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Buyers from China steer clear of Hong Kong real estate

Buyers from China steer clear of Hong Kong real estate

HONG KONG • The world’s priciest property market has lost its most important source of inbound investment.

Chinese buyers are shying away from real estate in Hong Kong as the coronavirus pandemic clouds the economic outlook and keeps investors from travelling to the territory.

No commercial property transactions in the first quarter involved a buyer from China, the first time that has happened since 2009, according to CBRE Group, which tracks deals worth over HK$77 million (S$14 million). It is in stark contrast to a few years ago when Chinese investors were snapping up offices and retail space for eye-popping prices.

While Hong Kong has won plaudits for keeping the spread of Covid-19 under control, the virus hit just as the city was starting to recover from months-long pro-democracy protests that sparked pitched street battles and violent clashes.

Bloomberg Economics estimated that the city’s small and open economy will be whipped by convulsions in global demand and trade, contracting around 2 per cent this year.

“A lot of mainland buyers are taking a step back because of the economic outlook and the conflicts that made them feel unwelcome,” said Mr Reeves Yan, head of capital markets at property services company CBRE.

Capital controls imposed by Beijing on money flowing out of China are also hurting real estate in Hong Kong, Mr Yan said.

The absence of Chinese investors has contributed to lower prices, considering how aggressively some used to bid. Last year, little-known Chinese company Henglilong Investments teamed up with Hong Kong-based Gaw Capital to buy a pair of office towers from Swire Properties for US$1.9 billion (S$2.69 billion), the biggest office transaction that year.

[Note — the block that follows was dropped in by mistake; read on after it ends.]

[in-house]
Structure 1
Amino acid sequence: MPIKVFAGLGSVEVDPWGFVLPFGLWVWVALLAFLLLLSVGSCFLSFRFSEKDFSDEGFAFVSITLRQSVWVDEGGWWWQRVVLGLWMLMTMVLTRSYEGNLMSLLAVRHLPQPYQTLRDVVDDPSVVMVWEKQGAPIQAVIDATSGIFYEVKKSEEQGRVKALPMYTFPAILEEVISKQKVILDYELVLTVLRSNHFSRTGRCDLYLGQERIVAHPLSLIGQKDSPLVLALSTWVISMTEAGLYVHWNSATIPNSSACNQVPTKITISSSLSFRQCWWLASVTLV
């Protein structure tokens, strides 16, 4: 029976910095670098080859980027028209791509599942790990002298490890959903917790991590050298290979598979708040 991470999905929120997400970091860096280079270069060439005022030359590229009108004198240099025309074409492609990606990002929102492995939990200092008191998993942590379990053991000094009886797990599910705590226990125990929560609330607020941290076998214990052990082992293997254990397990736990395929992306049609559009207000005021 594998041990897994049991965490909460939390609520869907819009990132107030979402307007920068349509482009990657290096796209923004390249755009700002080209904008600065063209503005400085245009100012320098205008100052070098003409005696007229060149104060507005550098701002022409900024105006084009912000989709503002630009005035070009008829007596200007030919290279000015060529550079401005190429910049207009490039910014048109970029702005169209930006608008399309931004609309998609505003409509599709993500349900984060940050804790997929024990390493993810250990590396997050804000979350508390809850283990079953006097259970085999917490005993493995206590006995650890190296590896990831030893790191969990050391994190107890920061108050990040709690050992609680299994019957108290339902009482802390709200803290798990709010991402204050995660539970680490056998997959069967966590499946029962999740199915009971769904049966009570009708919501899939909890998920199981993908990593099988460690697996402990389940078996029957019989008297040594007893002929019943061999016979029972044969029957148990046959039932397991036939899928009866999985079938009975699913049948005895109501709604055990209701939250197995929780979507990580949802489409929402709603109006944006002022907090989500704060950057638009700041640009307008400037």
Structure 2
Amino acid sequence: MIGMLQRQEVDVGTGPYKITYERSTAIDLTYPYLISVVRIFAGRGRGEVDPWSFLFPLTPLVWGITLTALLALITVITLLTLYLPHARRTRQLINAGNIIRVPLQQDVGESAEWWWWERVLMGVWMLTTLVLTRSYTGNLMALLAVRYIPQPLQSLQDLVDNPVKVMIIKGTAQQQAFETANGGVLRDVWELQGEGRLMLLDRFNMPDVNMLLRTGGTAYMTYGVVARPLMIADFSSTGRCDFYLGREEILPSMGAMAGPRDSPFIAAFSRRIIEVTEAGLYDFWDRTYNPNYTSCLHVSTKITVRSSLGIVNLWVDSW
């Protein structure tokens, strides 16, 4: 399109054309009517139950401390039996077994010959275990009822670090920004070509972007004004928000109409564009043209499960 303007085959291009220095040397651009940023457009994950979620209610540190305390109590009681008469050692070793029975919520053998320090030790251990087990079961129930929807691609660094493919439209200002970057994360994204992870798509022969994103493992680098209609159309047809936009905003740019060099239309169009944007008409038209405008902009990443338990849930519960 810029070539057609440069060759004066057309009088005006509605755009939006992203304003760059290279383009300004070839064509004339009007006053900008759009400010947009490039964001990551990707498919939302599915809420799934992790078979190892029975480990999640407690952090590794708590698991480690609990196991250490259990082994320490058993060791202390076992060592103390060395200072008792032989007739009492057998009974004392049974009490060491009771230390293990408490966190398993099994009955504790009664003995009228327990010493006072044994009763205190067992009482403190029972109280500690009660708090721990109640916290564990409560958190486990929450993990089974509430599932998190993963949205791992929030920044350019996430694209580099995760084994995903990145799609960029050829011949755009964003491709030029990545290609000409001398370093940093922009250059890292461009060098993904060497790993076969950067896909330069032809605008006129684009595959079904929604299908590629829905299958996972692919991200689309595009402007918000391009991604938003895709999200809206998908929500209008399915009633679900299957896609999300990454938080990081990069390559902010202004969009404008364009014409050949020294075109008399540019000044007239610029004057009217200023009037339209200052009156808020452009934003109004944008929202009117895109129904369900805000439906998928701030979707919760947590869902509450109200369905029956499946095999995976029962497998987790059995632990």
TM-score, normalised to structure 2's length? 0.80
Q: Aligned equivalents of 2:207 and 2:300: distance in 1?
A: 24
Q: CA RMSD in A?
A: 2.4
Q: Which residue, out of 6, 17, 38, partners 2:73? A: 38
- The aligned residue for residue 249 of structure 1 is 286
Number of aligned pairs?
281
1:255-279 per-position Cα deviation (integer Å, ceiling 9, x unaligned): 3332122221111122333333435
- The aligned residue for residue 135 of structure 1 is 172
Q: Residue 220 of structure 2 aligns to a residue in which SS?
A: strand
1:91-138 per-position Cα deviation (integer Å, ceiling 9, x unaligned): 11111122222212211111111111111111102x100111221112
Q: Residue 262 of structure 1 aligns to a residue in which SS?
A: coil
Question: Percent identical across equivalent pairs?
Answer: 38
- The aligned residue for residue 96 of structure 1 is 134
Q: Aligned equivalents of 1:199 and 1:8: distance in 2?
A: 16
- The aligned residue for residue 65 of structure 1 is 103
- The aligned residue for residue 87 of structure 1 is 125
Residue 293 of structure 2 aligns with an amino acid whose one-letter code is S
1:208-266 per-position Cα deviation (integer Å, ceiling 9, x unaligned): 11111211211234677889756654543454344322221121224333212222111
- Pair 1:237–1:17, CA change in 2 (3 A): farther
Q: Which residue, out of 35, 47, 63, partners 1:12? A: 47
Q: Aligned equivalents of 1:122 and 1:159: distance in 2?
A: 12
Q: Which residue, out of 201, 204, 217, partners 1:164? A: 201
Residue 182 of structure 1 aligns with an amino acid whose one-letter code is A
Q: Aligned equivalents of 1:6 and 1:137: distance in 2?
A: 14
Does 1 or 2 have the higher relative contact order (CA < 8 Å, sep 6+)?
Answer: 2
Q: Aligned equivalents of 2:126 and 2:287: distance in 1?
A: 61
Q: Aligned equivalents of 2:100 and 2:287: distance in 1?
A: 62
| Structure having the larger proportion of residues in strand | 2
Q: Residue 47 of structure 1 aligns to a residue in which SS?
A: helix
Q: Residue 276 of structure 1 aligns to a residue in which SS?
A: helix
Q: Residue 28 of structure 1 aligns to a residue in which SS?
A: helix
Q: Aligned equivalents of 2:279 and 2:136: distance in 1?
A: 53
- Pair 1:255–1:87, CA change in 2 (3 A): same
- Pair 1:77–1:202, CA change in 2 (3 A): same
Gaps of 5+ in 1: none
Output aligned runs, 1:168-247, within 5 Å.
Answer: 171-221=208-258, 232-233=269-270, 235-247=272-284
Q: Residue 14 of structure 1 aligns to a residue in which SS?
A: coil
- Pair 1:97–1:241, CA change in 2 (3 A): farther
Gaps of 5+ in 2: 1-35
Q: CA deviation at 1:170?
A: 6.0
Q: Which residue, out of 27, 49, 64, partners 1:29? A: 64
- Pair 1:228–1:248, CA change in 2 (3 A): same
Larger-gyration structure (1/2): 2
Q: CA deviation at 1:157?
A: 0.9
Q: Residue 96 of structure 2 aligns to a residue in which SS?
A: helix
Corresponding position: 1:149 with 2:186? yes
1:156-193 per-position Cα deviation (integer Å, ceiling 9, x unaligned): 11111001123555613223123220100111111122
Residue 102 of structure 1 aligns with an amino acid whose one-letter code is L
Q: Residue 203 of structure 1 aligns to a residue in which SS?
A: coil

Office prices in Hong Kong declined 8.5 per cent in February from a year earlier, latest data from the city’s Rating and Valuation Department shows.

The city’s luxury residential market is feeling the impact too. Covid-19 has deterred people from travelling to Hong Kong for site visits because all travellers arriving in the city are required to undergo a 14-day quarantine period.

Wealthy individuals from China used to dominate the high-end home market, with about 60 per cent of international buyers hailing from the mainland over the past 10 years, according to Savills.

Prices for luxury properties across Hong Kong dropped an average of 4.5 per cent in the first quarter from a year earlier. The area around West Kowloon station, particularly favoured by those from China, slumped almost 7 per cent, Savills data shows.

Prices for luxury properties across Hong Kong dropped an average of 4.5 per cent in the first quarter from a year earlier. The area around West Kowloon station, particularly favoured by those from China, slumped almost 7 per cent, Savills data shows.

“The majority of the buyers are locals,” Mr Raymond Lee, Savills’ chief executive for Hong Kong and Greater China, said at a media briefing last month.

What domestic demand there is, however, remains robust. Hong Kong recorded its best weekend for secondary apartment sales in seven years last weekend. There had been no new local Covid-19 infections in the city for 14 straight days as of Sunday.

“Hong Kong people expect Covid-19 to be under control gradually and this has improved market sentiment,” Mr Louis Chan, CEO for Centaline Property’s residential division, said.

This content was originally published here.

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